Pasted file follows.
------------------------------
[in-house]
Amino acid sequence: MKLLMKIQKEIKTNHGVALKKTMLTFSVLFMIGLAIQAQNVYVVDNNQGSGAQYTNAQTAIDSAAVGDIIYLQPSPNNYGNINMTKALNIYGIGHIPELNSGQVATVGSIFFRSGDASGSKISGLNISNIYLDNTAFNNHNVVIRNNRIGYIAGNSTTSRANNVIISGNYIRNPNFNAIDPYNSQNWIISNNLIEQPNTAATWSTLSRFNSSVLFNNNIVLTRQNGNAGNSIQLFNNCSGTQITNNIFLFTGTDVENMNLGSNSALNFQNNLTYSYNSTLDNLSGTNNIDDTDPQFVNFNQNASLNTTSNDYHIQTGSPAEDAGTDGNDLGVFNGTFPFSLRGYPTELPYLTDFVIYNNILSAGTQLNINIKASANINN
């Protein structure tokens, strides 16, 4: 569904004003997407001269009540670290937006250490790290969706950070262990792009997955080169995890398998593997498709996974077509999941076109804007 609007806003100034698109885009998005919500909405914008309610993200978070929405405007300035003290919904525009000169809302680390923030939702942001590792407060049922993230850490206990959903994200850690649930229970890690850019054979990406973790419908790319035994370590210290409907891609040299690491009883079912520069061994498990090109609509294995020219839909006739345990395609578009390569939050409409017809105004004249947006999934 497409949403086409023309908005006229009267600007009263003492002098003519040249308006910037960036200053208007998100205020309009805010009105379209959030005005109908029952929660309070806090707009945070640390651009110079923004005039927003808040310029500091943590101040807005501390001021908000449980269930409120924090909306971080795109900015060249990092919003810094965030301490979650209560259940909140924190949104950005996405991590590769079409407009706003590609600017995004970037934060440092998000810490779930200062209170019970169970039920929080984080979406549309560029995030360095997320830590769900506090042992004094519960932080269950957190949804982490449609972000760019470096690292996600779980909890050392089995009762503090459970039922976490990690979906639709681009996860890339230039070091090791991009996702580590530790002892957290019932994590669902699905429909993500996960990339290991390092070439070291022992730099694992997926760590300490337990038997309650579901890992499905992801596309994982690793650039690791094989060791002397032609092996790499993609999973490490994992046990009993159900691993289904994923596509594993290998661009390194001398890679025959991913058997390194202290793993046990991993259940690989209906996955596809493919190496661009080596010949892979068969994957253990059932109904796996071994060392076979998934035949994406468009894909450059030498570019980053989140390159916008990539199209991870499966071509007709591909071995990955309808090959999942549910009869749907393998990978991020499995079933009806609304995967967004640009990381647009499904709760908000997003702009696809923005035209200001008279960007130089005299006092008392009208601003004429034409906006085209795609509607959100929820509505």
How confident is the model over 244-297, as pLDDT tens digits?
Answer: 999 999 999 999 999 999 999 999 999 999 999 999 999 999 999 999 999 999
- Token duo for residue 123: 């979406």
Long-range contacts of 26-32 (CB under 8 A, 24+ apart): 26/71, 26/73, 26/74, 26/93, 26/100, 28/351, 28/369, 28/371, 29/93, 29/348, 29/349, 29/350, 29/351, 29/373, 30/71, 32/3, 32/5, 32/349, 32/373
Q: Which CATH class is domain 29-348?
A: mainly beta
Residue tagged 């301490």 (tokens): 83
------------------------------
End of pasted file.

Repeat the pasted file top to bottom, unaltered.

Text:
[in-house]
Amino acid sequence: MKLLMKIQKEIKTNHGVALKKTMLTFSVLFMIGLAIQAQNVYVVDNNQGSGAQYTNAQTAIDSAAVGDIIYLQPSPNNYGNINMTKALNIYGIGHIPELNSGQVATVGSIFFRSGDASGSKISGLNISNIYLDNTAFNNHNVVIRNNRIGYIAGNSTTSRANNVIISGNYIRNPNFNAIDPYNSQNWIISNNLIEQPNTAATWSTLSRFNSSVLFNNNIVLTRQNGNAGNSIQLFNNCSGTQITNNIFLFTGTDVENMNLGSNSALNFQNNLTYSYNSTLDNLSGTNNIDDTDPQFVNFNQNASLNTTSNDYHIQTGSPAEDAGTDGNDLGVFNGTFPFSLRGYPTELPYLTDFVIYNNILSAGTQLNINIKASANINN
């Protein structure tokens, strides 16, 4: 569904004003997407001269009540670290937006250490790290969706950070262990792009997955080169995890398998593997498709996974077509999941076109804007 609007806003100034698109885009998005919500909405914008309610993200978070929405405007300035003290919904525009000169809302680390923030939702942001590792407060049922993230850490206990959903994200850690649930229970890690850019054979990406973790419908790319035994370590210290409907891609040299690491009883079912520069061994498990090109609509294995020219839909006739345990395609578009390569939050409409017809105004004249947006999934 497409949403086409023309908005006229009267600007009263003492002098003519040249308006910037960036200053208007998100205020309009805010009105379209959030005005109908029952929660309070806090707009945070640390651009110079923004005039927003808040310029500091943590101040807005501390001021908000449980269930409120924090909306971080795109900015060249990092919003810094965030301490979650209560259940909140924190949104950005996405991590590769079409407009706003590609600017995004970037934060440092998000810490779930200062209170019970169970039920929080984080979406549309560029995030360095997320830590769900506090042992004094519960932080269950957190949804982490449609972000760019470096690292996600779980909890050392089995009762503090459970039922976490990690979906639709681009996860890339230039070091090791991009996702580590530790002892957290019932994590669902699905429909993500996960990339290991390092070439070291022992730099694992997926760590300490337990038997309650579901890992499905992801596309994982690793650039690791094989060791002397032609092996790499993609999973490490994992046990009993159900691993289904994923596509594993290998661009390194001398890679025959991913058997390194202290793993046990991993259940690989209906996955596809493919190496661009080596010949892979068969994957253990059932109904796996071994060392076979998934035949994406468009894909450059030498570019980053989140390159916008990539199209991870499966071509007709591909071995990955309808090959999942549910009869749907393998990978991020499995079933009806609304995967967004640009990381647009499904709760908000997003702009696809923005035209200001008279960007130089005299006092008392009208601003004429034409906006085209795609509607959100929820509505």
How confident is the model over 244-297, as pLDDT tens digits?
Answer: 999 999 999 999 999 999 999 999 999 999 999 999 999 999 999 999 999 999
- Token duo for residue 123: 């979406």
Long-range contacts of 26-32 (CB under 8 A, 24+ apart): 26/71, 26/73, 26/74, 26/93, 26/100, 28/351, 28/369, 28/371, 29/93, 29/348, 29/349, 29/350, 29/351, 29/373, 30/71, 32/3, 32/5, 32/349, 32/373
Q: Which CATH class is domain 29-348?
A: mainly beta
Residue tagged 């301490």 (tokens): 83